A mayor for the cities

December 18, 1992

At Baltimore City Hall, and in Mayor Kurt L. Schmoke's office in particular, no Cabinet appointment announced by President-elect Clinton has aroused more interest than his selection of Henry Cisneros as secretary of Housing and Urban Development. This is a job Mr. Schmoke probably could have had for the asking. But he wasn't asking. To attain his personal goals -- perhaps the U.S. Senate, perhaps the governorship -- Mr. Schmoke is not aiming higher now so he can go higher later.

Among some of Mr. Schmoke's non-admirers, the thought has occurred that maybe he wasn't such a good candidate for the HUD anyway. His housing record, and the record of his housing commissioner, Robert Hearn, has been anything but illustrious. While the two can point to some notable innovations -- the 300-house Nehemiah Project and the conversion of a number of unused school houses into apartments -- their day-to-day management of the agency is open to criticism.

Mr. Schmoke's admirers, however, attribute any shortcomings to the budget crunch urban centers have suffered in the Reagan-Bush era. The mayor has oftimes lobbied the Republican HUD secretary, Jack Kemp, for more money and preference. But he is now counting on his credentials as an early Clinton admirer to bring home more bacon and pork. Mr. Schmoke wants more flexibility in the use of federal funds and the designation of Baltimore as a showcase city for Clinton urban policy.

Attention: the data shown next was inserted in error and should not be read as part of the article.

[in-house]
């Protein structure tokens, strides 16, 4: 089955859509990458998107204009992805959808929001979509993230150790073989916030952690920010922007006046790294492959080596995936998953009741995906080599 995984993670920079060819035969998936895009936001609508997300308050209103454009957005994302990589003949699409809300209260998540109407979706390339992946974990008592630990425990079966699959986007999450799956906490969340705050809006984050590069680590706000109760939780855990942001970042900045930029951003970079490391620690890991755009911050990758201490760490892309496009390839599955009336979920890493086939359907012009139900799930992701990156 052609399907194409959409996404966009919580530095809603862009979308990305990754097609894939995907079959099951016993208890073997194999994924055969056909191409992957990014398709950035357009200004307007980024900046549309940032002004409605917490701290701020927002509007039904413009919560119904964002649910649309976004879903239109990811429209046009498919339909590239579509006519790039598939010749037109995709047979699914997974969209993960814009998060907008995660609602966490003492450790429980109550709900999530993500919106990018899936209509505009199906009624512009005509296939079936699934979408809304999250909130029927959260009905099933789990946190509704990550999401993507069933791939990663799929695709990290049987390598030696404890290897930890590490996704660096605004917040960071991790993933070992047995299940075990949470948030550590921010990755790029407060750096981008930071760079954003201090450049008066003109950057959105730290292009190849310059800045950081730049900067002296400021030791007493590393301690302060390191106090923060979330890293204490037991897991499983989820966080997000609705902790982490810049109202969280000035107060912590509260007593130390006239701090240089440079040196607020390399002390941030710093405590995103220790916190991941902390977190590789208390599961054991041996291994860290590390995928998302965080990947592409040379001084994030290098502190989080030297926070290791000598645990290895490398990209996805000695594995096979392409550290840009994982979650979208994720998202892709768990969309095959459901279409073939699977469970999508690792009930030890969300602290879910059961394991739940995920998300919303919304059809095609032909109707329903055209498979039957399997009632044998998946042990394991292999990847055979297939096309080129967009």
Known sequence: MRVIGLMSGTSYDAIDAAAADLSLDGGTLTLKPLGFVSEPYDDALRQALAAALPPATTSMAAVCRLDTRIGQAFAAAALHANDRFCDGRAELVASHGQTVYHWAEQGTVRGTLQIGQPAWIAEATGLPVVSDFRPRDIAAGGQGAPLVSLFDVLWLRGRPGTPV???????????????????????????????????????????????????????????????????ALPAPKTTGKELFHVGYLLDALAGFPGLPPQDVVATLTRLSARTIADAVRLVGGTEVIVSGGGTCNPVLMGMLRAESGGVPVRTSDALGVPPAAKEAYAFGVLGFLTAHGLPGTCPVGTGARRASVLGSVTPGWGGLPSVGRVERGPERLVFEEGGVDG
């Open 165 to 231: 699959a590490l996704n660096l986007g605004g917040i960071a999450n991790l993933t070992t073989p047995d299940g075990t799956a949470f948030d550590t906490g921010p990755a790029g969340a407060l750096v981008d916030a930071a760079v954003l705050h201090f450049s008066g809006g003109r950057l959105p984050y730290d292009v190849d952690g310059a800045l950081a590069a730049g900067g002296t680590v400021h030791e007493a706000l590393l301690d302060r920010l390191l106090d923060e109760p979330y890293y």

Whether the incoming Democratic administration will have the wherewithal or inclination to release vast sums for the cities is problematical. During the campaign, the mayors presented Mr. Clinton with a list of 7,252 projects in 506 cities to create 418,415 jobs at a first-year cost of $12.9 billion. [Baltimore's share: 51 projects to create 3,570 jobs.] But the president-to-be was non-committal, and there he remains.

Mr. Cisneros, as the Cabinet advocate for the cities, brings to his job hands-on mayoral experience that Mr. Kemp never had. He was San Antonio's first Hispanic mayor for four terms in the 1980s and established a national reputation that has lingered during his past three years in the private sector. He has well-defined and focused concerns, particularly in the area of low-cost housing. But he takes on a job that has been a constant frustration for his predecessors. Mr. Kemp, for example, was largely ignored in urging a more generous Bush administration attitude toward the cities.

So Baltimore will not have its own mayor in charge of the federal agency for the cities. But it will have a HUD secretary who may give it a sympathetic ear -- provided Bill Clinton gives the green light.

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